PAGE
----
Home > Reviews > L’ULTIMO DEI CORLEONESI – Ennio Morricone


February 13, 2007 Leave a comment Go to comments

Original Review by Clark Douglas

If composers were construction workers, I’m pretty sure that I would want Ennio Morricone to build my house. There is not another composer working today who is as reliable and consistent as Morricone, no one who creates such excellent and admirable music on such a regular basis. At his best, Morricone takes us to the heights of musical ecstasy, showing us levels of beauty that we had previously only fantasized about. At his worst, Morricone writes difficult, challenging, harsh music that is easy to admire but incredibly difficult to listen to. Even if you hate the album, you have a hard time saying anything bad about it, because it’s done so well.

In every Morricone score, there is nearly always something beautiful, and there is nearly always something difficult. While Morricone has certainly written some extremely engaging scores dominated by suspense (such as last year’s “La Sconosciuta”), many Morricone fans base their purchases not on how much is worth listening to (because surely all of it is), but how much is actually listenable. In the case of “L’Ultimo dei Corleonesi”, I’m sorry to say that the level of difficult material is really pretty high.

It doesn’t start like that. Morricone opens with a fabulous piece, “Il Mito Del Male”, which sounds like it should accompany the creation of Frankenstein’s monster. That’s all well and good, until you realize that this movie is a film about the rise of the Corleonesi clan in Italy. Interestingly enough, the film ends with the arrest of one of my distant relatives, so you can imagine my excitement to discover that Ennio Morricone wrote music to accompany the film portrayal of the arrest of someone who I am related to! Within a year, I’m sure that story will have changed to Morricone using me as the inspiration for the entire score.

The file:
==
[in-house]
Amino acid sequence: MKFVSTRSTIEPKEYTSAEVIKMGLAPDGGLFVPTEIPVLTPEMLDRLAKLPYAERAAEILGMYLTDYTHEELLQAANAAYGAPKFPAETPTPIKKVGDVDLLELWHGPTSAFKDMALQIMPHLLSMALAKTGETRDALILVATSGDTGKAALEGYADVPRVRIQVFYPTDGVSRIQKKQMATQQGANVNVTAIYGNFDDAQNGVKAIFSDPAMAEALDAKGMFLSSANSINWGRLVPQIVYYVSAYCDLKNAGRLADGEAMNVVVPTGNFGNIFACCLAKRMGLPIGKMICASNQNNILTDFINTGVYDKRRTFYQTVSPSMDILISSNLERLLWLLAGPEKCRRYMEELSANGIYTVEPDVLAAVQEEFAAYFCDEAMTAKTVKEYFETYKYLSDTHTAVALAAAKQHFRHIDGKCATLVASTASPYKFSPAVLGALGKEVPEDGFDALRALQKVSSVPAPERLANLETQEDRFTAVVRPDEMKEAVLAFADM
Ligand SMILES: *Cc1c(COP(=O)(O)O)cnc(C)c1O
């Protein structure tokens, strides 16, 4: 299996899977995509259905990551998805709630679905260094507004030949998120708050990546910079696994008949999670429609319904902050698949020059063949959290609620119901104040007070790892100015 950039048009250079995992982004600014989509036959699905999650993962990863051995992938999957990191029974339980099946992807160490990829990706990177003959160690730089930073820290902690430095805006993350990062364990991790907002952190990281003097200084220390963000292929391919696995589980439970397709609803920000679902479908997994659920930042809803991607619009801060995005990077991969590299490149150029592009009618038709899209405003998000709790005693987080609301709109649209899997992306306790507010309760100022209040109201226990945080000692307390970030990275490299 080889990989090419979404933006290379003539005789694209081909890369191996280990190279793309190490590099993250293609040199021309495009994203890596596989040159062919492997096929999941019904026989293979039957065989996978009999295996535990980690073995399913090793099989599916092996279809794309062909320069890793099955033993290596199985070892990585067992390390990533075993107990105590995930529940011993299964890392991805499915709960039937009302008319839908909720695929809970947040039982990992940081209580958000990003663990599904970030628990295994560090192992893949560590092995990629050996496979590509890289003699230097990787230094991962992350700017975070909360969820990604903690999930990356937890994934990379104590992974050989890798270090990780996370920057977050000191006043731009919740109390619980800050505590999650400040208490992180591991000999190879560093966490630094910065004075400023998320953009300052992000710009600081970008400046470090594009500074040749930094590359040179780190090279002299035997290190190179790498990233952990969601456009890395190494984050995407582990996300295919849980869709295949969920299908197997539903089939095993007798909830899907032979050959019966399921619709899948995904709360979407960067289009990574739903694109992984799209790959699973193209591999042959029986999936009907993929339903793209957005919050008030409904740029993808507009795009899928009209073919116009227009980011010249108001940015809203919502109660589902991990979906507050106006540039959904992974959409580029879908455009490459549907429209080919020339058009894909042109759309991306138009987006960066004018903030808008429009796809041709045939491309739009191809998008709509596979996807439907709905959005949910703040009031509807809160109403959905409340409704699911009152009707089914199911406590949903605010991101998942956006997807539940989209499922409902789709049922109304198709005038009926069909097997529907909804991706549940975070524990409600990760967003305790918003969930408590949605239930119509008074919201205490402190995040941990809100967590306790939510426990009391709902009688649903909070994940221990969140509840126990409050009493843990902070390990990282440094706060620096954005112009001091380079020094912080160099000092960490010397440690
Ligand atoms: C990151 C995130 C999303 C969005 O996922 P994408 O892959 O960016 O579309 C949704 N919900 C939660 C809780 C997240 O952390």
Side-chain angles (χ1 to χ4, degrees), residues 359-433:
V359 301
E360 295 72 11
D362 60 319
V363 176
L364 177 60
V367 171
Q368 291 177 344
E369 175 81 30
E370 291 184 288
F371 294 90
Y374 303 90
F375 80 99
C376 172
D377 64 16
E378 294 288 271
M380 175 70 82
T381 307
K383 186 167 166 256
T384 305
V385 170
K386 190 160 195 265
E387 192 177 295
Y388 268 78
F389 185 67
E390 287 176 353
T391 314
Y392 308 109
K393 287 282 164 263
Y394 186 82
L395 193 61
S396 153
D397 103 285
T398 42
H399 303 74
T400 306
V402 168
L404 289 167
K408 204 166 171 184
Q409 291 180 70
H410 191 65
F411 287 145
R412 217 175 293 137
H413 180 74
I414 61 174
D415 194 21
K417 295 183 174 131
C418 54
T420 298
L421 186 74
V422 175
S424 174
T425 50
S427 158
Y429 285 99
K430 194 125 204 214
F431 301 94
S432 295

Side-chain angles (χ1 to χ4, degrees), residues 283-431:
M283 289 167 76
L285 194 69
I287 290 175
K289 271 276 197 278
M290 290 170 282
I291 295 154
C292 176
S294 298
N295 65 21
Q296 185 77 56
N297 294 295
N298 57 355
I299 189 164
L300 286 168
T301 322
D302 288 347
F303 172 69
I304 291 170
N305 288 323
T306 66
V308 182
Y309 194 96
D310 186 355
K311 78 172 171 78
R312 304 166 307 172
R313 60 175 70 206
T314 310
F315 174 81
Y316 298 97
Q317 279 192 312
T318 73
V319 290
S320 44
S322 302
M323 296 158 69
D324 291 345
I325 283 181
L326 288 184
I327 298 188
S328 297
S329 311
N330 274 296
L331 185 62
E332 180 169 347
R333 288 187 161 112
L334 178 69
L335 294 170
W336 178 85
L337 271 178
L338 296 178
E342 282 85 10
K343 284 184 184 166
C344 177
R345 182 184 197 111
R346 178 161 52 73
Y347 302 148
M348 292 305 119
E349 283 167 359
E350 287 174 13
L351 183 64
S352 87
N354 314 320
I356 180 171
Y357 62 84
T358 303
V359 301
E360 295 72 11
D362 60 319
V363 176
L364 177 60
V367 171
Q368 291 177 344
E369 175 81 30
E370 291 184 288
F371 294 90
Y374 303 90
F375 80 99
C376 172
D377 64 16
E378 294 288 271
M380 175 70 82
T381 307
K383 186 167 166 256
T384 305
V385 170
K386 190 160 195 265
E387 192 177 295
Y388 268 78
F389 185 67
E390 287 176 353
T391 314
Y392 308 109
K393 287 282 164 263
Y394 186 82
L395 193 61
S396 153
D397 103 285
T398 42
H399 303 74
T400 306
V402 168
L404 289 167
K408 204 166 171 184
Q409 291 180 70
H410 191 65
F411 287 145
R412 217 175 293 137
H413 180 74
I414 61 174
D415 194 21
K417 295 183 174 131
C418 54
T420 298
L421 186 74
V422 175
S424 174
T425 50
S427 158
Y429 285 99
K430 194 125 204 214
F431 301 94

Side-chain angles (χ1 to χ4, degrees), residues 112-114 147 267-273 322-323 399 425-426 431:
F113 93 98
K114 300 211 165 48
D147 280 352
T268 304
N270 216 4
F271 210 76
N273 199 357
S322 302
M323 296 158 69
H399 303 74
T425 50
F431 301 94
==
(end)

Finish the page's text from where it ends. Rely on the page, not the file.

Then again, maybe not, because then I would be accusing myself of being a rather uninspiring guy. Much of the music is dark and bleak, and yes, very difficult. Oh, not all of it… “Scoperto” and “Clandestino” are very engaging suspense cues, and “Clandestino” is a fine piece of action. Plus there’s “Borsellino E Falcone”, one of those trademark Morricone themes that are oh-so-lovely. But for every engaging cue, there’s a piece like “Nella Tana” which is just rather difficult to sit through from start to finish.

The mid-section of the album (tracks 6-9) is probably the weakest portion, but things pick up a little in “Braccato”, a brief but urgent piece for strings. “Apparente Calma” is very tranquil and dreamlike, and a couple of the later cues return to Frankenstein-like gothic organ music, very fun. The album ends on a very strange piece, the folk-inspired suspense cue “Per Tre”, which is some freaky stuff for mandolin and woodwinds. it’s a very unnerving way to close the album. Like all Morricone scores, this one has merit, but it’s probably only a release for his more avid fans. In the meantime, I will continue to eagerly await the sequel, which will focus on the dark and twisted beginnings of a distant American relative of Corleonesi clan, plotting grand schemes of evil while posing as a music reviewer…

Rating: ***

Track Listing:

  • Il Mito Del Male (3:24)
  • Borsellino e Falcone (3:46)
  • Scoperto (3:35)
  • Senza Respiro (2:16)
  • Clandestino (4:23)
  • Nella Tana (4:38)
  • Fuggiasco (3:41)
  • Luce di Luna (2:08)
  • Notte di Angoscia (3:38)
  • Braccato (1:44)
  • Apparente Calma (3:13)
  • I Corleonesi (3:49)
  • Nascosti (2:58)
  • Sacralita Negativa (2:29)
  • Inseguito (2:28)
  • Per Tre (4:56)

Running Time: 56 minutes 06 seconds

RAI Trade FRT-424 (2007)

Music composed and conducted by Ennio Morricone. Orchestrations by Ennio Morricone. Recorded and mixed by Fabio Venturi. Album produced by Ennio Morricone.

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